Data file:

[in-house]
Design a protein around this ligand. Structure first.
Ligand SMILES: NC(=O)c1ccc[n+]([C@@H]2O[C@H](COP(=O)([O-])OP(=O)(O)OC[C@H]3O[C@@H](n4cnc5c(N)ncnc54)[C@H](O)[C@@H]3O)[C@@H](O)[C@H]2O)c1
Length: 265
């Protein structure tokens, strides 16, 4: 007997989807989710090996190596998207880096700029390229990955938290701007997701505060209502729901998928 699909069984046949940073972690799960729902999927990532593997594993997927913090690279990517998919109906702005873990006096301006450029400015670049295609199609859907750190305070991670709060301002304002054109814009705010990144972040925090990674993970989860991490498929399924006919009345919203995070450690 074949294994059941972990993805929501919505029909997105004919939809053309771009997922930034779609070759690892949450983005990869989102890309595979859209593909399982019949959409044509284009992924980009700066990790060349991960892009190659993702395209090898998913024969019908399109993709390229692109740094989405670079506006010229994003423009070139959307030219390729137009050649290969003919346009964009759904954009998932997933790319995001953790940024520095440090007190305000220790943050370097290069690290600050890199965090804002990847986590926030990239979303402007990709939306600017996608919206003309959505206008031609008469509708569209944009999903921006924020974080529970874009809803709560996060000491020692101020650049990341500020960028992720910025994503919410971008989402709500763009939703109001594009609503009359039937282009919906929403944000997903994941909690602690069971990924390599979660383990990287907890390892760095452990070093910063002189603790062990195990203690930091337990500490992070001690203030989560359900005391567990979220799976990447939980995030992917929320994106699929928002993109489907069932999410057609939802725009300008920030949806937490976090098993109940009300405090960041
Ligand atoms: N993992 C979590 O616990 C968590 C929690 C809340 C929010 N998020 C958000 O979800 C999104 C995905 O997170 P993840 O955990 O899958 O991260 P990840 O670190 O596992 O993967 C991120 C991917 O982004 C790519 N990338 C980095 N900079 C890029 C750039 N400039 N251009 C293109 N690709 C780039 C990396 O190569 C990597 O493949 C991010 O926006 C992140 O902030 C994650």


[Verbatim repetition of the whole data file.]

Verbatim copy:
[in-house]
Design a protein around this ligand. Structure first.
Ligand SMILES: NC(=O)c1ccc[n+]([C@@H]2O[C@H](COP(=O)([O-])OP(=O)(O)OC[C@H]3O[C@@H](n4cnc5c(N)ncnc54)[C@H](O)[C@@H]3O)[C@@H](O)[C@H]2O)c1
Length: 265
């Protein structure tokens, strides 16, 4: 007997989807989710090996190596998207880096700029390229990955938290701007997701505060209502729901998928 699909069984046949940073972690799960729902999927990532593997594993997927913090690279990517998919109906702005873990006096301006450029400015670049295609199609859907750190305070991670709060301002304002054109814009705010990144972040925090990674993970989860991490498929399924006919009345919203995070450690 074949294994059941972990993805929501919505029909997105004919939809053309771009997922930034779609070759690892949450983005990869989102890309595979859209593909399982019949959409044509284009992924980009700066990790060349991960892009190659993702395209090898998913024969019908399109993709390229692109740094989405670079506006010229994003423009070139959307030219390729137009050649290969003919346009964009759904954009998932997933790319995001953790940024520095440090007190305000220790943050370097290069690290600050890199965090804002990847986590926030990239979303402007990709939306600017996608919206003309959505206008031609008469509708569209944009999903921006924020974080529970874009809803709560996060000491020692101020650049990341500020960028992720910025994503919410971008989402709500763009939703109001594009609503009359039937282009919906929403944000997903994941909690602690069971990924390599979660383990990287907890390892760095452990070093910063002189603790062990195990203690930091337990500490992070001690203030989560359900005391567990979220799976990447939980995030992917929320994106699929928002993109489907069932999410057609939802725009300008920030949806937490976090098993109940009300405090960041
Ligand atoms: N993992 C979590 O616990 C968590 C929690 C809340 C929010 N998020 C958000 O979800 C999104 C995905 O997170 P993840 O955990 O899958 O991260 P990840 O670190 O596992 O993967 C991120 C991917 O982004 C790519 N990338 C980095 N900079 C890029 C750039 N400039 N251009 C293109 N690709 C780039 C990396 O190569 C990597 O493949 C991010 O926006 C992140 O902030 C994650």